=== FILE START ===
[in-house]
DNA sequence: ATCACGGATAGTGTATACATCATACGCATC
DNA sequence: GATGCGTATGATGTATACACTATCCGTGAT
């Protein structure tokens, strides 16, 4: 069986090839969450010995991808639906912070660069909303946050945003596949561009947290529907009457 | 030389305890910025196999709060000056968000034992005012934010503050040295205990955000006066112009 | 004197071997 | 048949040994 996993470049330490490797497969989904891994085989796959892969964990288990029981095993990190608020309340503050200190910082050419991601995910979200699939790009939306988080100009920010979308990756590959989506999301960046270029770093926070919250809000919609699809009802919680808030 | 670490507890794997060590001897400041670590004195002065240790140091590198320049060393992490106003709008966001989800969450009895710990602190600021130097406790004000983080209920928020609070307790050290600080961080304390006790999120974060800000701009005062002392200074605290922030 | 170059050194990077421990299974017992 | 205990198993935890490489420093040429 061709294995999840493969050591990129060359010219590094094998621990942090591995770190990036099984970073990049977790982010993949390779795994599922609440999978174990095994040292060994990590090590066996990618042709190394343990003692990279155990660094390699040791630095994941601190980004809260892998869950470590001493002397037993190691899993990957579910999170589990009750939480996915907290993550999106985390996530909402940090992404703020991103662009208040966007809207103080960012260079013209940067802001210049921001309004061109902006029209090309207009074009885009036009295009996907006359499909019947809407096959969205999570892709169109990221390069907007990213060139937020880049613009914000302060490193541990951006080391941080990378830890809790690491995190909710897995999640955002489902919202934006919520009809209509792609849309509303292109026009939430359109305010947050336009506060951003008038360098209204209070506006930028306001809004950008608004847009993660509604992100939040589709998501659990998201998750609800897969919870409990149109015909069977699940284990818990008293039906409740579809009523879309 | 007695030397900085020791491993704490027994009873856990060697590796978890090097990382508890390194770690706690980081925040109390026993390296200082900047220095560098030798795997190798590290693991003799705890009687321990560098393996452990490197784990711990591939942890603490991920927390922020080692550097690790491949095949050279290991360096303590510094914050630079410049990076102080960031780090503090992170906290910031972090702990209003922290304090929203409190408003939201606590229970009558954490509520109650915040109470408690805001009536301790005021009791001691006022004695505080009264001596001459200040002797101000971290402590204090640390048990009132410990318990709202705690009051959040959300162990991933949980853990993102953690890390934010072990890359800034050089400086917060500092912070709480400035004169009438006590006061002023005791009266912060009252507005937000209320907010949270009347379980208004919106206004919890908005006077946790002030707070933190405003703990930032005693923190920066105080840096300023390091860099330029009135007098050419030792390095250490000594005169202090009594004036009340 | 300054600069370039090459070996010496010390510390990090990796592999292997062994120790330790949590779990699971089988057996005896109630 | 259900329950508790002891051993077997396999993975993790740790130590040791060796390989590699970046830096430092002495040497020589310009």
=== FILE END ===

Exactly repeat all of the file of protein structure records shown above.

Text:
[in-house]
DNA sequence: ATCACGGATAGTGTATACATCATACGCATC
DNA sequence: GATGCGTATGATGTATACACTATCCGTGAT
């Protein structure tokens, strides 16, 4: 069986090839969450010995991808639906912070660069909303946050945003596949561009947290529907009457 | 030389305890910025196999709060000056968000034992005012934010503050040295205990955000006066112009 | 004197071997 | 048949040994 996993470049330490490797497969989904891994085989796959892969964990288990029981095993990190608020309340503050200190910082050419991601995910979200699939790009939306988080100009920010979308990756590959989506999301960046270029770093926070919250809000919609699809009802919680808030 | 670490507890794997060590001897400041670590004195002065240790140091590198320049060393992490106003709008966001989800969450009895710990602190600021130097406790004000983080209920928020609070307790050290600080961080304390006790999120974060800000701009005062002392200074605290922030 | 170059050194990077421990299974017992 | 205990198993935890490489420093040429 061709294995999840493969050591990129060359010219590094094998621990942090591995770190990036099984970073990049977790982010993949390779795994599922609440999978174990095994040292060994990590090590066996990618042709190394343990003692990279155990660094390699040791630095994941601190980004809260892998869950470590001493002397037993190691899993990957579910999170589990009750939480996915907290993550999106985390996530909402940090992404703020991103662009208040966007809207103080960012260079013209940067802001210049921001309004061109902006029209090309207009074009885009036009295009996907006359499909019947809407096959969205999570892709169109990221390069907007990213060139937020880049613009914000302060490193541990951006080391941080990378830890809790690491995190909710897995999640955002489902919202934006919520009809209509792609849309509303292109026009939430359109305010947050336009506060951003008038360098209204209070506006930028306001809004950008608004847009993660509604992100939040589709998501659990998201998750609800897969919870409990149109015909069977699940284990818990008293039906409740579809009523879309 | 007695030397900085020791491993704490027994009873856990060697590796978890090097990382508890390194770690706690980081925040109390026993390296200082900047220095560098030798795997190798590290693991003799705890009687321990560098393996452990490197784990711990591939942890603490991920927390922020080692550097690790491949095949050279290991360096303590510094914050630079410049990076102080960031780090503090992170906290910031972090702990209003922290304090929203409190408003939201606590229970009558954490509520109650915040109470408690805001009536301790005021009791001691006022004695505080009264001596001459200040002797101000971290402590204090640390048990009132410990318990709202705690009051959040959300162990991933949980853990993102953690890390934010072990890359800034050089400086917060500092912070709480400035004169009438006590006061002023005791009266912060009252507005937000209320907010949270009347379980208004919106206004919890908005006077946790002030707070933190405003703990930032005693923190920066105080840096300023390091860099330029009135007098050419030792390095250490000594005169202090009594004036009340 | 300054600069370039090459070996010496010390510390990090990796592999292997062994120790330790949590779990699971089988057996005896109630 | 259900329950508790002891051993077997396999993975993790740790130590040791060796390989590699970046830096430092002495040497020589310009």